June 24, 2013
The Checks have Started!
For me, the answer to "when should I start?" was last month. I turned 64 on May 10th, halfway between the earliest birthday at which I could claim benefits and my "full retirement" birthday. To see that first deposit appear in my checking account last week felt very good. Knowing that it will appear every month for the rest of my life was particularly comforting for my satisfying retirement.
The decision to start collecting Social Security when I did was not arrived at without a fair amount of thought and discussion. There are many who will argue I left two years worth of government money on the table by waiting this long. An even larger contingent will say I passed up extra money every month by not waiting until my 66th birthday. Still others will note, quite correctly, that if I waited until I was 70 my monthly check would be substantially higher.
Deciding when to start taking a Social Security check should be based on a combination of factors. In my case, I have been living off a savings and investment account since I retired in 2001. Most of the items in that account were tax free investments so that stream of income has been largely avoiding the tax man for the past 12 years. I had planned for that account to last until May, 2013. In a case of good luck and an on-going adjusting as we went, the account reached a zero balance last month, right on schedule.
Since I started at 29, my IRA has been quietly bubbling along for the past 35 years. Not being a Roth account (not available until the amount in the account made a conversation too expensive), I will start paying deferred taxes on withdrawals. In order to keep the draw-down rate at under 4% (the target is 3%), a monthly Social Security check is required. By holding my income at a certain level I can avoid paying taxes on 85% of Social Security payments, though I will still pay taxes on 50% of those checks.
Waiting until I am 66 would have resulted in a larger check. But, my calculations are that the extra withdrawals from my IRA to make up that difference for two years would require 15 years of larger SS checks before I reach a break even point. To me that was too big a gamble. I do expect to be alive on my 81th birthday. But, how many years after that would I have to make that two year wait pay off? The final decision was to pull the trigger now.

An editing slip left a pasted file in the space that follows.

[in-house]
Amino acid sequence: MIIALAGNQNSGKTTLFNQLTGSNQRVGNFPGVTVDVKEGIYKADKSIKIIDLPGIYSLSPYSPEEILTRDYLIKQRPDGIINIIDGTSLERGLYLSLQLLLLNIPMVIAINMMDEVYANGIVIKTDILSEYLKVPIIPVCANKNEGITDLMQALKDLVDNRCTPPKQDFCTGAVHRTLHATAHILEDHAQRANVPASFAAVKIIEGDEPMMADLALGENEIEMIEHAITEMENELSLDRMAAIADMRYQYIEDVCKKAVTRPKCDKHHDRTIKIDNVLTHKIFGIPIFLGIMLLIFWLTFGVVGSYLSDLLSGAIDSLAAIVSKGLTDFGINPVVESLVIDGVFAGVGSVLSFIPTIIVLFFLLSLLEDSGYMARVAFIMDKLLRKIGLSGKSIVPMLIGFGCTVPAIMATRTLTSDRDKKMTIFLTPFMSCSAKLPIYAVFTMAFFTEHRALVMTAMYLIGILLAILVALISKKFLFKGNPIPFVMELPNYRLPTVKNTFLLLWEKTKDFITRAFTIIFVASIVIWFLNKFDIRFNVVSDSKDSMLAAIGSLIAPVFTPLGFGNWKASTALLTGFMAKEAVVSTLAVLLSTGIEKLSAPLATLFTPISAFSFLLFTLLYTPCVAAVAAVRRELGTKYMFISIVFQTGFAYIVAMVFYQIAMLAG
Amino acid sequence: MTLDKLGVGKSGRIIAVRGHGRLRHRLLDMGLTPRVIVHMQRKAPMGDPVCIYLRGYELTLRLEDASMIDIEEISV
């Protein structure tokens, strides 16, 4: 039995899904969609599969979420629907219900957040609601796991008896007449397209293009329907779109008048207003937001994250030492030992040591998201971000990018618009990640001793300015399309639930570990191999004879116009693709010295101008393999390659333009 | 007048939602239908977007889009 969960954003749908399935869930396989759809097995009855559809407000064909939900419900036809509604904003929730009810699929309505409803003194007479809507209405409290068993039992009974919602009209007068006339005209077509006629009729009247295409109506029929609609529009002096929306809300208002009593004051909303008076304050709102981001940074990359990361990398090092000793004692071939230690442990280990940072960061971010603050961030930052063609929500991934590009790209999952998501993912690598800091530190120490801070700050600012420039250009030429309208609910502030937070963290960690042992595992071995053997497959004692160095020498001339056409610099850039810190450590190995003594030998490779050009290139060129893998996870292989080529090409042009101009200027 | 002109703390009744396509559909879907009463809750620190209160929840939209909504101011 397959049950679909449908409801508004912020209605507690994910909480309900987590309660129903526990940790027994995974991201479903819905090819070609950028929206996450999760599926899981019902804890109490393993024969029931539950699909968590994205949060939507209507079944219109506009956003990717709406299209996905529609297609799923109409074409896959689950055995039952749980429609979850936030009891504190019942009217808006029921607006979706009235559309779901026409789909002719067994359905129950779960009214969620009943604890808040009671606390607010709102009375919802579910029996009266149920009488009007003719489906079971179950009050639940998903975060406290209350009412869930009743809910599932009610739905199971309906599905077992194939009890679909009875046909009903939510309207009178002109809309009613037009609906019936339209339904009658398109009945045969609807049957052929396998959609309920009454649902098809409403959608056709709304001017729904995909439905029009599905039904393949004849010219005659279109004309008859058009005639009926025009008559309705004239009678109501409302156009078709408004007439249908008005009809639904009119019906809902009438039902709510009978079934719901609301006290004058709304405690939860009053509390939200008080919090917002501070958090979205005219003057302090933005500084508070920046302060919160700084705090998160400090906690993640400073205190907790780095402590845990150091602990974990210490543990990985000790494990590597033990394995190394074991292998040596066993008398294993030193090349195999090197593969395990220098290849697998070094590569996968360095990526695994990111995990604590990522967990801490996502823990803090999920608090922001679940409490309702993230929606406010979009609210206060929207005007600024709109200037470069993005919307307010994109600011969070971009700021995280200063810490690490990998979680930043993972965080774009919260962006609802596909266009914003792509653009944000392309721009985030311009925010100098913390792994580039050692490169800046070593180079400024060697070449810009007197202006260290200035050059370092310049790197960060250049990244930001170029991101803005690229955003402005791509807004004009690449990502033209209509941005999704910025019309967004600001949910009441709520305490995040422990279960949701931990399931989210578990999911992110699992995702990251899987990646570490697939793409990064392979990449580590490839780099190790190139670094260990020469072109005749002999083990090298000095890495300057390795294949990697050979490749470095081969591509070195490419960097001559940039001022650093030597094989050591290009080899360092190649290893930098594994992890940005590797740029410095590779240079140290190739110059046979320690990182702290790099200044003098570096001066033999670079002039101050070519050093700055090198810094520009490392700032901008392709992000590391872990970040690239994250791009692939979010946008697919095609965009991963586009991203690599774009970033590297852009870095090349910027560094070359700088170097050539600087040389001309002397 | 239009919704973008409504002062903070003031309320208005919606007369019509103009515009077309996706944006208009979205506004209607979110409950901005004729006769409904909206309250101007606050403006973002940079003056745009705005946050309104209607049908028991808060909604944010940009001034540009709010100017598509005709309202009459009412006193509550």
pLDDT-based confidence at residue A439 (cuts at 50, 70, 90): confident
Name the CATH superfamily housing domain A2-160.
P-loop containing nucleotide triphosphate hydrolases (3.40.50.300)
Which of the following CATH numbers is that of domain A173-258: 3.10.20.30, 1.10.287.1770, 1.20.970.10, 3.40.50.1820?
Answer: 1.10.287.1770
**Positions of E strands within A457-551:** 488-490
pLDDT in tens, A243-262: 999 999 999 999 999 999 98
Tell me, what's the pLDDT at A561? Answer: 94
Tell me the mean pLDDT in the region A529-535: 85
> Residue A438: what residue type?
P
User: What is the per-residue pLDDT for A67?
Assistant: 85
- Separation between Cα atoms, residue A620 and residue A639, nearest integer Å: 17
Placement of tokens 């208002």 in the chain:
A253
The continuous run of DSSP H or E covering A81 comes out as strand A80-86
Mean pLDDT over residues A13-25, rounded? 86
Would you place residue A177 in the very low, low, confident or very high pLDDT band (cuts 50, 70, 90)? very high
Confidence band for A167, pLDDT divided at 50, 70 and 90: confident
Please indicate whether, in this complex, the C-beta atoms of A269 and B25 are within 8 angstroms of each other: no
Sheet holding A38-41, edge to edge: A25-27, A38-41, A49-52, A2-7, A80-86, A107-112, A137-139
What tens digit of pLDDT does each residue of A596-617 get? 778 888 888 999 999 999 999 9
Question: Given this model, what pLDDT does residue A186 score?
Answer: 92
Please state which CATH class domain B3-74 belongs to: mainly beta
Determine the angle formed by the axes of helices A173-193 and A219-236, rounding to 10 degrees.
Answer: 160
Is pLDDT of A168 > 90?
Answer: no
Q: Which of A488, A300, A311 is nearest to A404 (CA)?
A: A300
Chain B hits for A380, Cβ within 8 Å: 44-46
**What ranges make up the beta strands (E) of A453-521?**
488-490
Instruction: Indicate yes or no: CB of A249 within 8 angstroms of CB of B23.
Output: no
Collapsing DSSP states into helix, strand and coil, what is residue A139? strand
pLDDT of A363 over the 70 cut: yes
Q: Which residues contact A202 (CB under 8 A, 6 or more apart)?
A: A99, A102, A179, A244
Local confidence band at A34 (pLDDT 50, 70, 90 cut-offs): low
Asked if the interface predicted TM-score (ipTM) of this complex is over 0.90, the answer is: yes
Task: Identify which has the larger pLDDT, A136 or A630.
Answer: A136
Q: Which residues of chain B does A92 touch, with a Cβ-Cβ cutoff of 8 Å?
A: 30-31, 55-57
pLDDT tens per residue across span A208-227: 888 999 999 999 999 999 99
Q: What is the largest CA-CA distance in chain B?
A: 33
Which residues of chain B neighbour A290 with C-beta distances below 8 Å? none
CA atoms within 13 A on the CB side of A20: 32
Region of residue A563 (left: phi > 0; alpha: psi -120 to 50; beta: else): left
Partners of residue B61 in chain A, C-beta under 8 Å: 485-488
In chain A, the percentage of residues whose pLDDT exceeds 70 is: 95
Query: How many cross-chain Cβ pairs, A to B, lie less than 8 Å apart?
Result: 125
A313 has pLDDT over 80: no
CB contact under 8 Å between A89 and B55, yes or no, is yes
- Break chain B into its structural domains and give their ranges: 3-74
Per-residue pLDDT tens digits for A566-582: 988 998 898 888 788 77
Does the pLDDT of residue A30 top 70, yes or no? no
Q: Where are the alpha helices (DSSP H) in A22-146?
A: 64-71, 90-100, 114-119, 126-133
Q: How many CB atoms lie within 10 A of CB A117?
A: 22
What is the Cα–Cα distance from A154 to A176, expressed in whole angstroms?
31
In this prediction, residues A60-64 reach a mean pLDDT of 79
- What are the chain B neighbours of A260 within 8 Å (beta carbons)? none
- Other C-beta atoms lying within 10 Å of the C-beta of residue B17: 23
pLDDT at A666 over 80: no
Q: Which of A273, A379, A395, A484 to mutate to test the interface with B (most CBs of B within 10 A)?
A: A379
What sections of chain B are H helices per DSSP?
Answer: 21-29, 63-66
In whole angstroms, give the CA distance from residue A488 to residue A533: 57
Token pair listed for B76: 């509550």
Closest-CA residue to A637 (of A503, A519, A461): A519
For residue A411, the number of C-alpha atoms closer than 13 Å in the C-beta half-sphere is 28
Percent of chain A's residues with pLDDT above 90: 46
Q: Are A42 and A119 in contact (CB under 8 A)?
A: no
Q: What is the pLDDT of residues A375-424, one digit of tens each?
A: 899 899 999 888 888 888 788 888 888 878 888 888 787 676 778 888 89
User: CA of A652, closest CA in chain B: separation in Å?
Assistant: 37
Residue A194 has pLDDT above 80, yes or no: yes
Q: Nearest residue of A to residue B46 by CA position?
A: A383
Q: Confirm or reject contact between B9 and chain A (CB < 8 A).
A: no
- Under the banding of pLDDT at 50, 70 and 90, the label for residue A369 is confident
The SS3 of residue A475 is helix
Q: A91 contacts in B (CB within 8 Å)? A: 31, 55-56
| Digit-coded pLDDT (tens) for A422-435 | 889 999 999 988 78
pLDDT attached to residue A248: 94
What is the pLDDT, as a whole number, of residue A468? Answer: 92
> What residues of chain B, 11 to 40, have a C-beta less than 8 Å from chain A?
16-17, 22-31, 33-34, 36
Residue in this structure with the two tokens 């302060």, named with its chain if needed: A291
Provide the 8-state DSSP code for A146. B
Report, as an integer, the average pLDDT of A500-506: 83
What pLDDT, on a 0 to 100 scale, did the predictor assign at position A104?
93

The next big marker is Medicare, starting next May. I have been self-insured for 32 of the last 37 years. As anyone in a similar situation knows, the market for an individual policy has been an expensive and ultimately frustrating place to be. Over the years my rates and deductibles have increased steadily, while what is covered has gone the other way.
I have no doubt whatsoever that my insurance carrier would look for every way possible to deny coverage if I suddenly developed a major illness. The nearly $150,000 in premiums I have paid wouldn't matter at all. They would simply say "No" and wait for me to fight them or give up and pay everything out of pocket. That is how the system works and I am well aware of it.
Regardless of its many flaws, the changes in our health care system will actually come too late to do me much good (or harm) since I am so close to Medicare. For Betty, several years my junior, we are hoping she will have more options than she has now. Her individual coverage stinks but with various pre-existing conditions she is stuck until the law makes that a non factor.
But, I don't want to think of medical insurance and the mess it is in. I want to celebrate the fruits of my 35 years of paying into a system that now begins to pay me back at a time when it will come in handy. Will those monthly checks shrink over time as the deficit becomes too troublesome for even politicians to ignore forever? I don't know. So, again, I'll face whatever the system has in store for me when that time comes.
In the meantime, that number appearing in the checking account looks very nice!